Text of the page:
A second and less timely approach to identifying and determining recession is to rely on an “official” arbiter of the economic or business cycle. In the United States, for example, this role is fulfilled by the NBER. Meanwhile, acknowledging that there is a shorter history of business cycle dating in Europe, the Center for Economic Policy Research (CEPR) fulfills a broadly similar task for the Eurozone economy. Determining recessions via an “official” arbiter is a less timely approach, simply because these institutions assess a broader range of economic indicators and await potential revisions to economic data before determining that the economy has started contracting. Because of this, it can be several months or quarters later before there is an official declaration that a recession has either started or ended.
Eurozone Recessions: Five Since 1970
For the Eurozone economy as a whole, economic recessions have been reasonably infrequent. The CEPR has determined that since 1970 there have been five region-wide recessions. Our primary interest for the purposes of this report are the two most recent Eurozone recessions that occurred around 2008-2009 and 2011-2013, periods for which relatively high quality, high frequency economic data for the aggregate Eurozone economy are available.
The CEPR dates Eurozone recessions by quarter, and has determined that the past two Eurozone economic recessions took place from Q2 2008 to Q2 2009, and from Q4 2011 to Q1 2013. The 2008- 2009 recession was particularly sharp and severe, occurring around the time of the global financial crisis. Thus, for the purposes of our analysis, it may be the latter 2011-2013 recession that is more instructive in assessing just how close we might be to a Eurozone recession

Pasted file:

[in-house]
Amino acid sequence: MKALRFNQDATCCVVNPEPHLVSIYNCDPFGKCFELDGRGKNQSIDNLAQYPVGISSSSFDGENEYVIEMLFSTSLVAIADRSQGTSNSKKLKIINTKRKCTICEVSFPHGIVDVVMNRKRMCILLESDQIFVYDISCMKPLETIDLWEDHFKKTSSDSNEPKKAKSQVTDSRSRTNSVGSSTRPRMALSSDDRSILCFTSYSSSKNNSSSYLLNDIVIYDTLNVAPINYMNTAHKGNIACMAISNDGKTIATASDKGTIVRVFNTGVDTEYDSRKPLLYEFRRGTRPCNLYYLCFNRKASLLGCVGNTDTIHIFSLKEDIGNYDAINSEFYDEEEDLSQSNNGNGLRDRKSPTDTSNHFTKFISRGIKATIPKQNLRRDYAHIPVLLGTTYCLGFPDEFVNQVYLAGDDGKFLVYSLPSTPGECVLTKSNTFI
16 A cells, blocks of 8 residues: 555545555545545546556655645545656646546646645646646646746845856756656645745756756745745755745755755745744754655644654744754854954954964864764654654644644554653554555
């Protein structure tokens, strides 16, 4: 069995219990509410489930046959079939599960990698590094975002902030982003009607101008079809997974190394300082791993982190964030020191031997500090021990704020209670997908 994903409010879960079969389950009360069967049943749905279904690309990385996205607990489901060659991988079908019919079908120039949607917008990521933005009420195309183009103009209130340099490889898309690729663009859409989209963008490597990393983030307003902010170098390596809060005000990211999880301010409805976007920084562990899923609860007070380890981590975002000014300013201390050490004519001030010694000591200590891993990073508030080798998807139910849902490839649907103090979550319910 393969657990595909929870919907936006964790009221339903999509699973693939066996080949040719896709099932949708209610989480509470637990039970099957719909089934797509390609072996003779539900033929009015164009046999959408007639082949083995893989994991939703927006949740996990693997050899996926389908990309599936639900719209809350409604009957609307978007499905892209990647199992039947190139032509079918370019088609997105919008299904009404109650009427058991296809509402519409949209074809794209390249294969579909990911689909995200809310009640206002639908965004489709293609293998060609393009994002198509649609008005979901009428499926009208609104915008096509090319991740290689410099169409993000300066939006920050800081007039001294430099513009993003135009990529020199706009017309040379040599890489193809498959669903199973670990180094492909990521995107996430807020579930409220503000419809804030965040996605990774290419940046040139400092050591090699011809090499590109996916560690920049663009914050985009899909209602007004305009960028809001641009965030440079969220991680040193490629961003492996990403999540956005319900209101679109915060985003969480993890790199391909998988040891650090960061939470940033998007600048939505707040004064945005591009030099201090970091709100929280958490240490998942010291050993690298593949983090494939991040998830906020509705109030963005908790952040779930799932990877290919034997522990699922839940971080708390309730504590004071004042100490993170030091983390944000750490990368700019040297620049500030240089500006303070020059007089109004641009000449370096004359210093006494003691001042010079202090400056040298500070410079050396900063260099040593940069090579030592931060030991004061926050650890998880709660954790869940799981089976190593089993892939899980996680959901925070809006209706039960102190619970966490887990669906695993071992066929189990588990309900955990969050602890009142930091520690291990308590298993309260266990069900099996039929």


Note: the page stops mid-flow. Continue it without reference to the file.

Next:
Perspective One: The Pace of GDP Growth
One approach is to monitor whether GDP growth slowed below a certain speed, and for how long, prior to the Eurozone falling into recession. Analogous to a bicycle needing to maintain a certain amount of forward momentum to avoid falling over, the idea is that the economy needs to maintain a certain degree of forward momentum to avoid falling into recession. Just ahead of the recession that began in late 2011, the second and third quarters registered zero growth, an outcome that was consistent with the economy subsequently falling into recession. There were, however, other periods of particularly slow growth since 2000 where despite that slow growth the Eurozone economy was able to avoid recession (Figure 1). We detail those episodes below: